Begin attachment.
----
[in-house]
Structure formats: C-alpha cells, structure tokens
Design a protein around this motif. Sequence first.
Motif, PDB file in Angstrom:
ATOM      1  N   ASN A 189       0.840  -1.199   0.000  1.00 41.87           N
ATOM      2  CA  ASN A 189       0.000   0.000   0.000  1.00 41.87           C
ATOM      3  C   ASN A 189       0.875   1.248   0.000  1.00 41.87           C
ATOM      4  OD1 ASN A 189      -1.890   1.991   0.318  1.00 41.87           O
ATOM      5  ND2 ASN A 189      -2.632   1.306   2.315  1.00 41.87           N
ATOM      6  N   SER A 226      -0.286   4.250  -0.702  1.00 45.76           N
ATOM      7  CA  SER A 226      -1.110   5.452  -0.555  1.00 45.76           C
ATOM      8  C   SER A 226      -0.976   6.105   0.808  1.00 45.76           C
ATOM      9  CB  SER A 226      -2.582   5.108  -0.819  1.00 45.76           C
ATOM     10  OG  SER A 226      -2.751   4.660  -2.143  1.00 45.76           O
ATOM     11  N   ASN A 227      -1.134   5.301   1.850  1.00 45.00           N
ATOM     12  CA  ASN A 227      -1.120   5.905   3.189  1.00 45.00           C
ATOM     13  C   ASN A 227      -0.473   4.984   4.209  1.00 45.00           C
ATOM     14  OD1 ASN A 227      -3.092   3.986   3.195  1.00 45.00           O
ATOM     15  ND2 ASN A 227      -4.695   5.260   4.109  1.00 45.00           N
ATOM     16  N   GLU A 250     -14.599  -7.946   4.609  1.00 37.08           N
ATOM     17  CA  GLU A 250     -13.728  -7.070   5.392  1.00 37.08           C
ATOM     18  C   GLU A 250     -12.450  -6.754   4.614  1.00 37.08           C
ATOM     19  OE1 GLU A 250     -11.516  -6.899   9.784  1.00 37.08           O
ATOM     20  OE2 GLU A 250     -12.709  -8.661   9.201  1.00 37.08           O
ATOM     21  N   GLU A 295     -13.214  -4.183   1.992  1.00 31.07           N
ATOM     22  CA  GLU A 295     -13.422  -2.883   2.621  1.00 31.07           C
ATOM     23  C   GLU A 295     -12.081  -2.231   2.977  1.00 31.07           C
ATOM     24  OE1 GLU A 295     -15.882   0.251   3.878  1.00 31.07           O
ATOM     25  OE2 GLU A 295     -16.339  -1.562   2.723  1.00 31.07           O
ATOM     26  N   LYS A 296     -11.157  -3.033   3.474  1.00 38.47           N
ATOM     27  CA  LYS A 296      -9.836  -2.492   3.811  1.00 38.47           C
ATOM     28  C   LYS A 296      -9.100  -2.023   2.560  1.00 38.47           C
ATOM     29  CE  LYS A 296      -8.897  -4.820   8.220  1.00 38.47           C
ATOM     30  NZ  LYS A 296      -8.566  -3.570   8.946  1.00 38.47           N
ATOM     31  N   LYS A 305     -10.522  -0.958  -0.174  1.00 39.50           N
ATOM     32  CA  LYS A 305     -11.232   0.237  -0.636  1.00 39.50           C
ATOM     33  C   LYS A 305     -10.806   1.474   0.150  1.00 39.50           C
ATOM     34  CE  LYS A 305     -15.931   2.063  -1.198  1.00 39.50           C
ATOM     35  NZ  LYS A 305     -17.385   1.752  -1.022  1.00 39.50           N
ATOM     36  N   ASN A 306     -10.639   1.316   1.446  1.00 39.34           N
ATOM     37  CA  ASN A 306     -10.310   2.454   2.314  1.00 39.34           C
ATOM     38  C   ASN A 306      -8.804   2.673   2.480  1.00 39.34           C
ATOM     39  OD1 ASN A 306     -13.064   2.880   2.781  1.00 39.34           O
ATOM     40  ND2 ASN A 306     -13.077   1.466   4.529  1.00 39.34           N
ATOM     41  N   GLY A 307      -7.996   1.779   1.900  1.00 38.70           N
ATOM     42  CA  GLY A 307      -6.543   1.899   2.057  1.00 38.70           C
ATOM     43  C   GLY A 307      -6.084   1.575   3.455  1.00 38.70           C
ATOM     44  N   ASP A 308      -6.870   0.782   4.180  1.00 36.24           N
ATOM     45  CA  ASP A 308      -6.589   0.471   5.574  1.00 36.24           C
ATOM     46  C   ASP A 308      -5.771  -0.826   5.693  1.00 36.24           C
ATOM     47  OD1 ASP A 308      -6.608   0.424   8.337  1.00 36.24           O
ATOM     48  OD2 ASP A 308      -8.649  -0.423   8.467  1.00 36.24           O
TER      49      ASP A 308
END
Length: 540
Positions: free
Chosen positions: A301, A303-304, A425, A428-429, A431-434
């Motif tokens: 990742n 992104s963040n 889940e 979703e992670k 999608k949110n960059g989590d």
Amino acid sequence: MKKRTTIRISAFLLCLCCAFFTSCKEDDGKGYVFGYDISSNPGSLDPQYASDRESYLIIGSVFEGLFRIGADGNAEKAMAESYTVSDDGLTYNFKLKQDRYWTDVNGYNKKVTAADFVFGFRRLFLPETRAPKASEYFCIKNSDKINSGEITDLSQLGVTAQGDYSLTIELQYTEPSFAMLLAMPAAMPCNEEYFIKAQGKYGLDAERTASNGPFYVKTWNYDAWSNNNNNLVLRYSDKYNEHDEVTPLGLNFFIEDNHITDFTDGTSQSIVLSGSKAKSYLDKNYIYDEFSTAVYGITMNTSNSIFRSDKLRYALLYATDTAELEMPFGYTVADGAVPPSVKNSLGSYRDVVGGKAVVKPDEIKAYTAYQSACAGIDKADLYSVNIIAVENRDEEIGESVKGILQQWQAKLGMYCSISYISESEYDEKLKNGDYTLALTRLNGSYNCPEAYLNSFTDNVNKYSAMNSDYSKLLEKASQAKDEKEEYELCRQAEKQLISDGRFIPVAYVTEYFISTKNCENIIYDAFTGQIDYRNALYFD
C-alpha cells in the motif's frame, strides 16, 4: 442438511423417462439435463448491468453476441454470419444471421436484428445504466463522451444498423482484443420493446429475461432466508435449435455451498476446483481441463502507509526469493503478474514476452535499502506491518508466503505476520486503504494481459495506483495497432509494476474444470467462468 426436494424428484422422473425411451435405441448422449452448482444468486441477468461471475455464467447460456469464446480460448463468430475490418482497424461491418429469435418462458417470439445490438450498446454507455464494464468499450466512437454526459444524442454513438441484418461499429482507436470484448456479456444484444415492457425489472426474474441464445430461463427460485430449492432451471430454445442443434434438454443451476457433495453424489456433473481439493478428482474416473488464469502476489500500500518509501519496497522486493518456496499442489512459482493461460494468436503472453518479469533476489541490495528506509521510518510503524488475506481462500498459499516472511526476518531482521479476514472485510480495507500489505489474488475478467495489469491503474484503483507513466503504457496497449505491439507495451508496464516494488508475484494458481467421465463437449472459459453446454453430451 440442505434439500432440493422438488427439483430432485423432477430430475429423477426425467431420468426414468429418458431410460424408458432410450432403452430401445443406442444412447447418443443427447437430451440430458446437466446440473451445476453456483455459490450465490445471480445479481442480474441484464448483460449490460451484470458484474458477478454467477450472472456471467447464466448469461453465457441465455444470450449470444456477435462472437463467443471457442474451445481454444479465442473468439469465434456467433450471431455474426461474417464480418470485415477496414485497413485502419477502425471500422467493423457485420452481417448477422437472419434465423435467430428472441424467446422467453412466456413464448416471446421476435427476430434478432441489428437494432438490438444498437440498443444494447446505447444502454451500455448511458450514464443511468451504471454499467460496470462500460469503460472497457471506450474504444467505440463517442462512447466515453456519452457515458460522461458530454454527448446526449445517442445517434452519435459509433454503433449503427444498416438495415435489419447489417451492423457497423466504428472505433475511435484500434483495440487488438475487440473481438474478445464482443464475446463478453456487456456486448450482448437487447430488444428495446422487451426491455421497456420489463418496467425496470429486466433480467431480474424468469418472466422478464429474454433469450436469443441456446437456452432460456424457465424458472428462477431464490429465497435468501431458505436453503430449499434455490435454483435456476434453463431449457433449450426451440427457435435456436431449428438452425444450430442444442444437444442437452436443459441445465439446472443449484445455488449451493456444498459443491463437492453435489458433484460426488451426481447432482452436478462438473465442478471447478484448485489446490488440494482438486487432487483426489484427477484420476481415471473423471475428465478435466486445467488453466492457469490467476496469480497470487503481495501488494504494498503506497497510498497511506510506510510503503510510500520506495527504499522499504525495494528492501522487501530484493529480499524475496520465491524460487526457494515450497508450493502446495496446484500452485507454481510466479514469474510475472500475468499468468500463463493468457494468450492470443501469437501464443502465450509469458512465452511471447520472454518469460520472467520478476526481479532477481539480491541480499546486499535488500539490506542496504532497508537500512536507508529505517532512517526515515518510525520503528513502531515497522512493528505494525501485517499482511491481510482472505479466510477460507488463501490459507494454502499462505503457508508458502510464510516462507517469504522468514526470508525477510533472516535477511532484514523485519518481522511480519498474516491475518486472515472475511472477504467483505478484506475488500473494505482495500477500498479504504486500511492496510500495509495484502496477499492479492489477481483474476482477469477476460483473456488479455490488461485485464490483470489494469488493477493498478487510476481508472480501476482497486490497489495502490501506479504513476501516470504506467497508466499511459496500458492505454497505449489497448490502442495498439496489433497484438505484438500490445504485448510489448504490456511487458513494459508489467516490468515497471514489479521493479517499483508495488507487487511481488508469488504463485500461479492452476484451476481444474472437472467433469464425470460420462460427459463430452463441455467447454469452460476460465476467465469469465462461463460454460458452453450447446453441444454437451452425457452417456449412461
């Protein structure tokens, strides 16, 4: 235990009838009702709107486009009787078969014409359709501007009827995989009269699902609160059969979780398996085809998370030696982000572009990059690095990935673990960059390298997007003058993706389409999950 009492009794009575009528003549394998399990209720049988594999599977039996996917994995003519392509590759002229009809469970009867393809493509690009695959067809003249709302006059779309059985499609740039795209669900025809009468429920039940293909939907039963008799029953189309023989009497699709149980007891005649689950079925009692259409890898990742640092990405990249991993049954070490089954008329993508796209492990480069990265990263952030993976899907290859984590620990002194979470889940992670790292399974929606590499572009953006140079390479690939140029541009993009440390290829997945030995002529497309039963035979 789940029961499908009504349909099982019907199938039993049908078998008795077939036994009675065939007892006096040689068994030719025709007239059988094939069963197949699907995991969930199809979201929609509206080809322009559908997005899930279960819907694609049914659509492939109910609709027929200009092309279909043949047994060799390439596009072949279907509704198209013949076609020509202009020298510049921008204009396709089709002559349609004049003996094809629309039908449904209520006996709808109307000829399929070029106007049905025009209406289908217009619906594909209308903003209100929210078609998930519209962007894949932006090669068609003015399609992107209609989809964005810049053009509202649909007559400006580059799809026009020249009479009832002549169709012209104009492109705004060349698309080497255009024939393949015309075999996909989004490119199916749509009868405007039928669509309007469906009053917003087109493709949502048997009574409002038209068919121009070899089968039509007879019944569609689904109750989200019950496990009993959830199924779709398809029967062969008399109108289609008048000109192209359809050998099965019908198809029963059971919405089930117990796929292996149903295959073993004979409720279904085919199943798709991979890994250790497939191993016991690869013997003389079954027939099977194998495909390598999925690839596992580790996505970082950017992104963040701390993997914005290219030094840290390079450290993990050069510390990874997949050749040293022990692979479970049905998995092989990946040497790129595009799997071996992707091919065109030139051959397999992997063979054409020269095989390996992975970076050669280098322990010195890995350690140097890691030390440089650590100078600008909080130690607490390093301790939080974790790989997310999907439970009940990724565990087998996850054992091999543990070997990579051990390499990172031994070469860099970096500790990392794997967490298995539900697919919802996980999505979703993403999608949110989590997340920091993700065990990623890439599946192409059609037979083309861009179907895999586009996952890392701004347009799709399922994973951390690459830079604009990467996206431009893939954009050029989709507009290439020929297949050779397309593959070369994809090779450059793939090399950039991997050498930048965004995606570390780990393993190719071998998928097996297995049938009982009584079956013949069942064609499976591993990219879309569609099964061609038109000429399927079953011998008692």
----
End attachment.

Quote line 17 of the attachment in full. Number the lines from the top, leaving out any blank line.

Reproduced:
ATOM     13  C   ASN A 227      -0.473   4.984   4.209  1.00 45.00           C